Thursday, April 25, 2013

Legislative Budget Deal Big Victory For Pence

It's not the 10% income tax cut he sought, but the budget deal Republican legislative leaders announced today gives Gov. Mike Pence a significant part of the tax reductions he sought. The plan announced today provides for a 5% reduction in state income taxes phased in over the next four years, but it immediately repeals the state's inheritance tax retroactive to January 1, a big boost to family-owned farms and small businesses. Planned reductions in the state's corporate tax rates will continue, along with similar tax cuts for financial institutions. Together, the tax reductions will save Indiana taxpayers $1.1 billion over four years. Gov. Pence wasted no time in declaring victory:
“Today Hoosier taxpayers won a great victory. The agreement reached between our administration and legislative leaders will be the largest state tax cut in Indiana history. The combination of a 5 percent individual income tax cut, inheritance tax repeal and additional tax relief for businesses is the right tax relief at the right time and will give a much needed boost to working families, small businesses and family farms. 
I am grateful for the leadership of Senate President Pro Tem David Long,  Speaker Brian Bosma and other key fiscal leaders for working diligently with our administration to craft this historic package of tax relief. Their efforts demonstrate the commitment of the General Assembly to put taxpayers first.”
This is quite a different place than Pence found himself in January when he first announced his tax cut plan. Legislative leaders scoffed at his original plan, but in the end, gave him part of the tax cuts he sought and additional cuts he didn't seek. Part of that change of heart was due to altered revenue projections showing the state taking in $290 million in higher revenues over the next two years than had originally been projected. According to the Star, the budget deal announced today includes the following spending highlights:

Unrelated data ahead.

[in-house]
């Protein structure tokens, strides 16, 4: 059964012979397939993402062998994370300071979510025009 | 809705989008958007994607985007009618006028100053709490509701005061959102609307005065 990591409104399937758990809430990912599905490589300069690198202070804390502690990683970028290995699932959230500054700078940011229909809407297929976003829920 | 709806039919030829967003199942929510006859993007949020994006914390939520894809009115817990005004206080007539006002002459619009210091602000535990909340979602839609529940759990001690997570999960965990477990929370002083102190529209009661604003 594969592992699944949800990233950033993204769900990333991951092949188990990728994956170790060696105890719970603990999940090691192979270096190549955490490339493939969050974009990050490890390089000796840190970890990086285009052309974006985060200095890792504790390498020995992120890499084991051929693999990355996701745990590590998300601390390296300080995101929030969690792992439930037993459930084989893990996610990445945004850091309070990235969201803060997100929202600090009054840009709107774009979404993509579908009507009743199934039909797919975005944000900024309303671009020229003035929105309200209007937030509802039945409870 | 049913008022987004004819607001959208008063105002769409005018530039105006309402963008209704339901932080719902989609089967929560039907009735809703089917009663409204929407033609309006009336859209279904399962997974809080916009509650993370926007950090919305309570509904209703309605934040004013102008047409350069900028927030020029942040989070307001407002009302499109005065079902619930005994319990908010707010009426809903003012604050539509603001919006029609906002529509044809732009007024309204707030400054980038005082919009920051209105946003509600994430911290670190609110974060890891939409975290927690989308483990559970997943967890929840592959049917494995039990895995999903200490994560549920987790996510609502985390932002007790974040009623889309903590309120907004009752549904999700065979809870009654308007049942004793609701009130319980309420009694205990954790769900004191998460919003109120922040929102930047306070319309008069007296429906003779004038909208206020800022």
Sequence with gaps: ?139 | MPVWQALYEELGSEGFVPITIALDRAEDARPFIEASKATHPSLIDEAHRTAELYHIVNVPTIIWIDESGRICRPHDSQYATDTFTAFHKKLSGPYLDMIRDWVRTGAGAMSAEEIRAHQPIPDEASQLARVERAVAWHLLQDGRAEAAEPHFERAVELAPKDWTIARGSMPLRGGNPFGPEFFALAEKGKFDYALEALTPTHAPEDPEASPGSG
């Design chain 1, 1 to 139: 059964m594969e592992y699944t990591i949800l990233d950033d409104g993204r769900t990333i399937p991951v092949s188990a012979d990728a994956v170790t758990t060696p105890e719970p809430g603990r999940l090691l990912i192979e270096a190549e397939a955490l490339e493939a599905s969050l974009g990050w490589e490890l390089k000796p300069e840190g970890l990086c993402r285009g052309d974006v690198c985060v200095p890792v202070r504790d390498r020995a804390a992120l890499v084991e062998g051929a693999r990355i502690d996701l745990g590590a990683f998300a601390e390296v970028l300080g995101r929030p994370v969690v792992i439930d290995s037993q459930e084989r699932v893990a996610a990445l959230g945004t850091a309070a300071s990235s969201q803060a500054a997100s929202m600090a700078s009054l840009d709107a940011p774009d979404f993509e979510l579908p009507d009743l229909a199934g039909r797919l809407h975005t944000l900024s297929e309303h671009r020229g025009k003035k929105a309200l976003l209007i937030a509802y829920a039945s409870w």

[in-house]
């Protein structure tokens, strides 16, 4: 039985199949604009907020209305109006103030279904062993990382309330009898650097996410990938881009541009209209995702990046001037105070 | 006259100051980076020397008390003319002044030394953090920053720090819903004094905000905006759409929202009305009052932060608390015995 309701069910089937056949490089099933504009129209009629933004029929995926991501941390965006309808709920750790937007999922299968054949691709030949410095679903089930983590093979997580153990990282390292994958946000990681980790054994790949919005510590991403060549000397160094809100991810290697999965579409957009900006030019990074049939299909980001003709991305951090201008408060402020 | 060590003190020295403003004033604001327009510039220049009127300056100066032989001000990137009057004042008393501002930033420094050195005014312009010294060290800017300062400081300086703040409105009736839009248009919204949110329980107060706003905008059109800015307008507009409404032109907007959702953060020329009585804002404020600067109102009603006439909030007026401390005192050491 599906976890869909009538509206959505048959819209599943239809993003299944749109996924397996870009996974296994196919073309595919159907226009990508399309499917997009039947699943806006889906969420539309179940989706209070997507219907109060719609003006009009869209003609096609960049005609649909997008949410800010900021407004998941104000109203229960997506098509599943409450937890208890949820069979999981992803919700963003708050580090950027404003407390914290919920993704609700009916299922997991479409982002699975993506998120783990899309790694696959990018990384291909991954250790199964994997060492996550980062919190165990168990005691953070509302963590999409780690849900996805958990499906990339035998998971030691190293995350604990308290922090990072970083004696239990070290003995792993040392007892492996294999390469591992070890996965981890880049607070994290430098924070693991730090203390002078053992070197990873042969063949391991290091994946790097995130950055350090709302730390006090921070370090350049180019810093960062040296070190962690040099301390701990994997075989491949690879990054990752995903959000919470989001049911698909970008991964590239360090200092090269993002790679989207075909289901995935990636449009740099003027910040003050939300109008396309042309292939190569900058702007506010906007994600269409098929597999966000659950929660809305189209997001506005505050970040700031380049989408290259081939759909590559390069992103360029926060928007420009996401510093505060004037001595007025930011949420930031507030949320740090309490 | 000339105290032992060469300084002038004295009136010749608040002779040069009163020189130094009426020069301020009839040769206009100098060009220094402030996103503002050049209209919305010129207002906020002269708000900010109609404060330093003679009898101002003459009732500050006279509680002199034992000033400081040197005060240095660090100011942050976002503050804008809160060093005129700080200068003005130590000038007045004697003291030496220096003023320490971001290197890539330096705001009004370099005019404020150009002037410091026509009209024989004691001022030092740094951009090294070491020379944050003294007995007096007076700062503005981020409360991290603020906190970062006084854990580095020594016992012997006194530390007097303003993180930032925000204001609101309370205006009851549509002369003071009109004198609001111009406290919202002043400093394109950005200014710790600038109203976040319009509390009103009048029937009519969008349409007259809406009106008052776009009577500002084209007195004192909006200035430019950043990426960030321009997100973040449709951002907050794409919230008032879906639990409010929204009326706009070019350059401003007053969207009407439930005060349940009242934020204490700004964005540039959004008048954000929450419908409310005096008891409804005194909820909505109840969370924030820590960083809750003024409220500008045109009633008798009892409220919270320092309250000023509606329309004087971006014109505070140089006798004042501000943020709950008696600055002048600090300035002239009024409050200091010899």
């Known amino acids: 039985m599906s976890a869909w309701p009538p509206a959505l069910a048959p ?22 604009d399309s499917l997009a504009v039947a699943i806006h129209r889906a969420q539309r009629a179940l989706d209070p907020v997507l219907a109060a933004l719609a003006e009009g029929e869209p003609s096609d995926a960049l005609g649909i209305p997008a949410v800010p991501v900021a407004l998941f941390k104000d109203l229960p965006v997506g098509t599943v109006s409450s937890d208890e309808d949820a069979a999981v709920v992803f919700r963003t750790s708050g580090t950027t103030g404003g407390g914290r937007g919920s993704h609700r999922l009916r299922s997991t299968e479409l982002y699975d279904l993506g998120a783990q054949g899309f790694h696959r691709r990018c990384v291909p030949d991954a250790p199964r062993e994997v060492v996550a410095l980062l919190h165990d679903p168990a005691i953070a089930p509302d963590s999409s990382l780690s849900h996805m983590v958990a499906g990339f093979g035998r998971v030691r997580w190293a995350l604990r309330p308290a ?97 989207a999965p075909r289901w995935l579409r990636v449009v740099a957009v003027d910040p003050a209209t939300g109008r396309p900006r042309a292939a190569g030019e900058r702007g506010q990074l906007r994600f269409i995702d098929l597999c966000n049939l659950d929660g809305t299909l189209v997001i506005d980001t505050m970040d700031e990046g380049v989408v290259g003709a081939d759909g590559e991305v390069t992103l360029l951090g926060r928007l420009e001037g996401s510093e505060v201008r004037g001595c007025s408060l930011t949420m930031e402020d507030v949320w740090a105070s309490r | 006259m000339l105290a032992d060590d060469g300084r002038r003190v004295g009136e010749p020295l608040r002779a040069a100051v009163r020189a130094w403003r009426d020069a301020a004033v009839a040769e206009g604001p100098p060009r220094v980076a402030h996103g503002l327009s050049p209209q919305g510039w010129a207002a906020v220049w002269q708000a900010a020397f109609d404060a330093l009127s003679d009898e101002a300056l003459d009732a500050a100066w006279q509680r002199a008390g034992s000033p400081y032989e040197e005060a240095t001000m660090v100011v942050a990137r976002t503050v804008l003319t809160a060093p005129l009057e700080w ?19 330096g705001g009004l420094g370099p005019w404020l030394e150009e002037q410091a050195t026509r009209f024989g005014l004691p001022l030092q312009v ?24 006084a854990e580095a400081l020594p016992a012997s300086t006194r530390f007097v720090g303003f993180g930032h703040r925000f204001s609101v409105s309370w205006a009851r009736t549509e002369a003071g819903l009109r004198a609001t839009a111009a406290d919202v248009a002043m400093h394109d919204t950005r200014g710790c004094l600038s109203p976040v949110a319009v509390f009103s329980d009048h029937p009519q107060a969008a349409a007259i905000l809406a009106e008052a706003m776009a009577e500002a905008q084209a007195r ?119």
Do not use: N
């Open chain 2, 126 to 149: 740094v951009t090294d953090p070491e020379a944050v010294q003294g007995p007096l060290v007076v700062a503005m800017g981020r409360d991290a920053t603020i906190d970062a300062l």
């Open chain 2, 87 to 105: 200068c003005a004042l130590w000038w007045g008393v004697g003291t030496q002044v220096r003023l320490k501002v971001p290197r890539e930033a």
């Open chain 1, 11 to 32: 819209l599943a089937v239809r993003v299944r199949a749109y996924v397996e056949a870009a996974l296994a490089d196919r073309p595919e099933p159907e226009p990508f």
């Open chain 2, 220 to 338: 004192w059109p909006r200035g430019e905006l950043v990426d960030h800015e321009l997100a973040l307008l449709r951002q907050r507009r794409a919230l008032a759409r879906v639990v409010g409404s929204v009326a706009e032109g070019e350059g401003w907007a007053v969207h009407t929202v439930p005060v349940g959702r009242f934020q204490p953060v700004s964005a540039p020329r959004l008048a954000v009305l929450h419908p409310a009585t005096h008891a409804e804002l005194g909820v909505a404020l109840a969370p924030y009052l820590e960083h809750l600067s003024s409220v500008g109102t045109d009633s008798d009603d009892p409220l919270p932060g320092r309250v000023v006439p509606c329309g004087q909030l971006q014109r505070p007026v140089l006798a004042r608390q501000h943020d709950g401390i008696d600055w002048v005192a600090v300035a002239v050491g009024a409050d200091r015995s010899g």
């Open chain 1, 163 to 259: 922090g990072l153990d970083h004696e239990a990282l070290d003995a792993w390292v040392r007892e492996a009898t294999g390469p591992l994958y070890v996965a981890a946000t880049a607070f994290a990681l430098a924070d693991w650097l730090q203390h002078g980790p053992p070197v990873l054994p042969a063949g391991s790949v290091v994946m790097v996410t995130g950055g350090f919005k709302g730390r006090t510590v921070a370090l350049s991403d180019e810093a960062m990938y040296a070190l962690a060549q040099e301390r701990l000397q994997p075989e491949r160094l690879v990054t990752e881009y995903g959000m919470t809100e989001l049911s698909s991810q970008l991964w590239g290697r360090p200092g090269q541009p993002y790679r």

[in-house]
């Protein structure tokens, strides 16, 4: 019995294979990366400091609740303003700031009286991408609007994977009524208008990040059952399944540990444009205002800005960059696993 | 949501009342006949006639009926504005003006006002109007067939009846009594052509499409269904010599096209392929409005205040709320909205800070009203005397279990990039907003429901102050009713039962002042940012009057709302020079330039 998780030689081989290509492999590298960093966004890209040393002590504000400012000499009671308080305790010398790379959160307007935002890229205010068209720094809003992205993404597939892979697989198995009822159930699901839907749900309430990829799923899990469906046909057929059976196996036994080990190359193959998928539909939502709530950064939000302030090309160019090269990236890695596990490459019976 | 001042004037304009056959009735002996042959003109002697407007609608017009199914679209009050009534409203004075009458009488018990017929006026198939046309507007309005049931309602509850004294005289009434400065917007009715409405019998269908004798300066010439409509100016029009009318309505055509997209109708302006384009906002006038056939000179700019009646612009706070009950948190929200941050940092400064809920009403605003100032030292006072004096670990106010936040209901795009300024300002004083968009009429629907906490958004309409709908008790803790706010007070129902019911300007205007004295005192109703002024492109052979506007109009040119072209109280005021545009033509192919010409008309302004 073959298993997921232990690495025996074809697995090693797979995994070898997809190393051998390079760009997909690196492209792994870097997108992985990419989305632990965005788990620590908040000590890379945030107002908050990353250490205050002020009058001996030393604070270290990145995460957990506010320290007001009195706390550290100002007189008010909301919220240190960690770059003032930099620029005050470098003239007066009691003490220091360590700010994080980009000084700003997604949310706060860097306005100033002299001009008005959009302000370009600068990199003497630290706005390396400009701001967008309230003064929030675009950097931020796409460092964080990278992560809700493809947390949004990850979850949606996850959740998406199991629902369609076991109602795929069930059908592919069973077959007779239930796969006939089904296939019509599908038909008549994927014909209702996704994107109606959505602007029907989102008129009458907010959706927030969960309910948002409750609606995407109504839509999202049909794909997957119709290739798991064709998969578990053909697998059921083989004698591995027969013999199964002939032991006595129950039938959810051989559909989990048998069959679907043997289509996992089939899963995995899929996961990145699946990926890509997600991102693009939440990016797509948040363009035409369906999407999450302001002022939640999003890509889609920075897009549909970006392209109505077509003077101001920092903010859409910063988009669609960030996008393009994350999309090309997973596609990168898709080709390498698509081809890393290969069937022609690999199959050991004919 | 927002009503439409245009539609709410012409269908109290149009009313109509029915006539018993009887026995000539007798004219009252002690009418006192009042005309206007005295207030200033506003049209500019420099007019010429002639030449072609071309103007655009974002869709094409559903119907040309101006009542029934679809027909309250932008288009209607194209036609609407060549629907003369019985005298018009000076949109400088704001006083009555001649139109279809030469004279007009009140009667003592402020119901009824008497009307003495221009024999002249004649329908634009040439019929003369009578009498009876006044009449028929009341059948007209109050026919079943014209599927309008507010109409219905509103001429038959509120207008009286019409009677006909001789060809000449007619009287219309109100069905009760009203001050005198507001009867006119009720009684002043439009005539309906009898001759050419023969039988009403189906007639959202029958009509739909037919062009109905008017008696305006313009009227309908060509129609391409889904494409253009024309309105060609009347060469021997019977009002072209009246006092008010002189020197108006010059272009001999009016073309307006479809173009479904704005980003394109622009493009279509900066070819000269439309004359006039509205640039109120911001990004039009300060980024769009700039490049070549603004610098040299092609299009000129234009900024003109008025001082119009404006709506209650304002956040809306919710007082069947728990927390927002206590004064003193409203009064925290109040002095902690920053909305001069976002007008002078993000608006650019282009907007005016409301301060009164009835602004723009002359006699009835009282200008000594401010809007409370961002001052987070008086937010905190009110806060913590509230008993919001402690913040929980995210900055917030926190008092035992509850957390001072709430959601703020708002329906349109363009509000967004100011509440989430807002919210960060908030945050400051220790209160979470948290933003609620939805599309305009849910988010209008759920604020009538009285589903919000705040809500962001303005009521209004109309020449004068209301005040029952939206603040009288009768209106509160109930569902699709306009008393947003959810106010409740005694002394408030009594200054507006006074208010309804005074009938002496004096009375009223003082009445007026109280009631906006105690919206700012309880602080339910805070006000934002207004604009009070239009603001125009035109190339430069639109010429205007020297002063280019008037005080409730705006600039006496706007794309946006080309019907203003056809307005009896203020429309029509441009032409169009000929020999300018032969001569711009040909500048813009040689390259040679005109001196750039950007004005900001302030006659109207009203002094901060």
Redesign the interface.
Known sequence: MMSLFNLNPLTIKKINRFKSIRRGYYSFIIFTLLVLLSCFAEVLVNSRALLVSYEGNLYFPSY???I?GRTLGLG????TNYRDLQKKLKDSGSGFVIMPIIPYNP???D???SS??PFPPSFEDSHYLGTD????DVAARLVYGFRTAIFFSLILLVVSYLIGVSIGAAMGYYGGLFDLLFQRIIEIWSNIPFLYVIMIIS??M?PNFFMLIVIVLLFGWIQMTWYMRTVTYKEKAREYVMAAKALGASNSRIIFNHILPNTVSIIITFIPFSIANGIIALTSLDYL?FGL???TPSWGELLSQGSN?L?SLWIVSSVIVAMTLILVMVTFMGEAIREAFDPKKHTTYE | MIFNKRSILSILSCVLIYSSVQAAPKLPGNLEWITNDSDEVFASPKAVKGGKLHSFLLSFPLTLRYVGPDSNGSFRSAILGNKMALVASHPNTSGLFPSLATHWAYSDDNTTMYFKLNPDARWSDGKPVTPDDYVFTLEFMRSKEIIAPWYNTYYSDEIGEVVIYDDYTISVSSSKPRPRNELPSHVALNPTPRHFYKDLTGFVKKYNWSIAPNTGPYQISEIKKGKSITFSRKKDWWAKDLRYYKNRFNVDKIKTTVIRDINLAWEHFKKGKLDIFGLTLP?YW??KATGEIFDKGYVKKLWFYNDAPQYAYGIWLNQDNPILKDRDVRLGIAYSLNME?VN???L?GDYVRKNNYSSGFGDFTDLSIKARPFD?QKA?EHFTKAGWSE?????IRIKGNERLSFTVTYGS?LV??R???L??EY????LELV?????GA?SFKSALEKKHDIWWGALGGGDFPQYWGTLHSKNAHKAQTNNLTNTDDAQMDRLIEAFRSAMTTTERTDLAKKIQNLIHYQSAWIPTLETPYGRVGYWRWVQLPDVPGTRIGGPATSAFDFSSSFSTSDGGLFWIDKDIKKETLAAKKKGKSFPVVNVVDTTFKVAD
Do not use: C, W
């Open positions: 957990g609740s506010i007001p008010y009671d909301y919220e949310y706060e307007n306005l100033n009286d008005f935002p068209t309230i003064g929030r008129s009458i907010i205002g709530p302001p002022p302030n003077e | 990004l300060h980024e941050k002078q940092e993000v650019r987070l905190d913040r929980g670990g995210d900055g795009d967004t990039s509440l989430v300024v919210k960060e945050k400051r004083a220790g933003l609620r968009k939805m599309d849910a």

■$215 million per year increase for roadwork, plus $200 million per year for a reserve fund for future work.
■A 2 percent increase for K-12 education funding in 2014 and 1 percent in 2015, plus $30 million in additional money will be provided for high performing schools and $300 million to a tuition reserve fund .
■$70 million to pay back bonds at the Indiana State Museum, and $58 million for the Forensics and Healthy Science Labs.
■$206 million for new university projects and $66 million per year for university performance funding.
■$250 million to a reserve Medicaid contingency fund. It authorizes the governor to negotiate an expansion of Medicaid through the Healthy Indiana Plan or a similar model with the federal government.
■$35 million for additional caseworkers and hotline improvement at the Department of Child Services — $5 million more than the Senate had proposed.
■a $120 million annual surplus and a $2 billion reserve.

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